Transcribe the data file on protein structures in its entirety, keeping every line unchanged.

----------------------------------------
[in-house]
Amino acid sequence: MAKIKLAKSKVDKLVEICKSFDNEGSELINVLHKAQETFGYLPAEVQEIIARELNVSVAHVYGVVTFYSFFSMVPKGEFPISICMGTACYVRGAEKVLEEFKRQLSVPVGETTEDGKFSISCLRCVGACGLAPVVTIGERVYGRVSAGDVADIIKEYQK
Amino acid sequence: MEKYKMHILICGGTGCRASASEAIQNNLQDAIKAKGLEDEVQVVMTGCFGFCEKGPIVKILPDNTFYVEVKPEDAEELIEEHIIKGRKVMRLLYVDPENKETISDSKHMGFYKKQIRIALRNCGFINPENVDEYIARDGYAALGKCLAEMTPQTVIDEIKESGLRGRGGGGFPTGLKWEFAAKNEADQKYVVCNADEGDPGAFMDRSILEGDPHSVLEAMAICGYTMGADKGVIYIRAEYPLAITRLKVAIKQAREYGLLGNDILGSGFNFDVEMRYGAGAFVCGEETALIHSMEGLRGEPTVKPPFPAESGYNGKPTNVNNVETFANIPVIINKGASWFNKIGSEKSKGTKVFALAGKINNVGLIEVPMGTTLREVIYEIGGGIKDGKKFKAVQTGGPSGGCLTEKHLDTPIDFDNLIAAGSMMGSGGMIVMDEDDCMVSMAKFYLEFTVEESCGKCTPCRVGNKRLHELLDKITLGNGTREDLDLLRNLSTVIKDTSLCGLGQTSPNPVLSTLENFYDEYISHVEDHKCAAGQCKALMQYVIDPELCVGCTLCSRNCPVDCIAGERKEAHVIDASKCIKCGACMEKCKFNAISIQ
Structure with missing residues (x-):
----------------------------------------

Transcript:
[in-house]
Amino acid sequence: MAKIKLAKSKVDKLVEICKSFDNEGSELINVLHKAQETFGYLPAEVQEIIARELNVSVAHVYGVVTFYSFFSMVPKGEFPISICMGTACYVRGAEKVLEEFKRQLSVPVGETTEDGKFSISCLRCVGACGLAPVVTIGERVYGRVSAGDVADIIKEYQK
Amino acid sequence: MEKYKMHILICGGTGCRASASEAIQNNLQDAIKAKGLEDEVQVVMTGCFGFCEKGPIVKILPDNTFYVEVKPEDAEELIEEHIIKGRKVMRLLYVDPENKETISDSKHMGFYKKQIRIALRNCGFINPENVDEYIARDGYAALGKCLAEMTPQTVIDEIKESGLRGRGGGGFPTGLKWEFAAKNEADQKYVVCNADEGDPGAFMDRSILEGDPHSVLEAMAICGYTMGADKGVIYIRAEYPLAITRLKVAIKQAREYGLLGNDILGSGFNFDVEMRYGAGAFVCGEETALIHSMEGLRGEPTVKPPFPAESGYNGKPTNVNNVETFANIPVIINKGASWFNKIGSEKSKGTKVFALAGKINNVGLIEVPMGTTLREVIYEIGGGIKDGKKFKAVQTGGPSGGCLTEKHLDTPIDFDNLIAAGSMMGSGGMIVMDEDDCMVSMAKFYLEFTVEESCGKCTPCRVGNKRLHELLDKITLGNGTREDLDLLRNLSTVIKDTSLCGLGQTSPNPVLSTLENFYDEYISHVEDHKCAAGQCKALMQYVIDPELCVGCTLCSRNCPVDCIAGERKEAHVIDASKCIKCGACMEKCKFNAISIQ
Structure with missing residues (x-):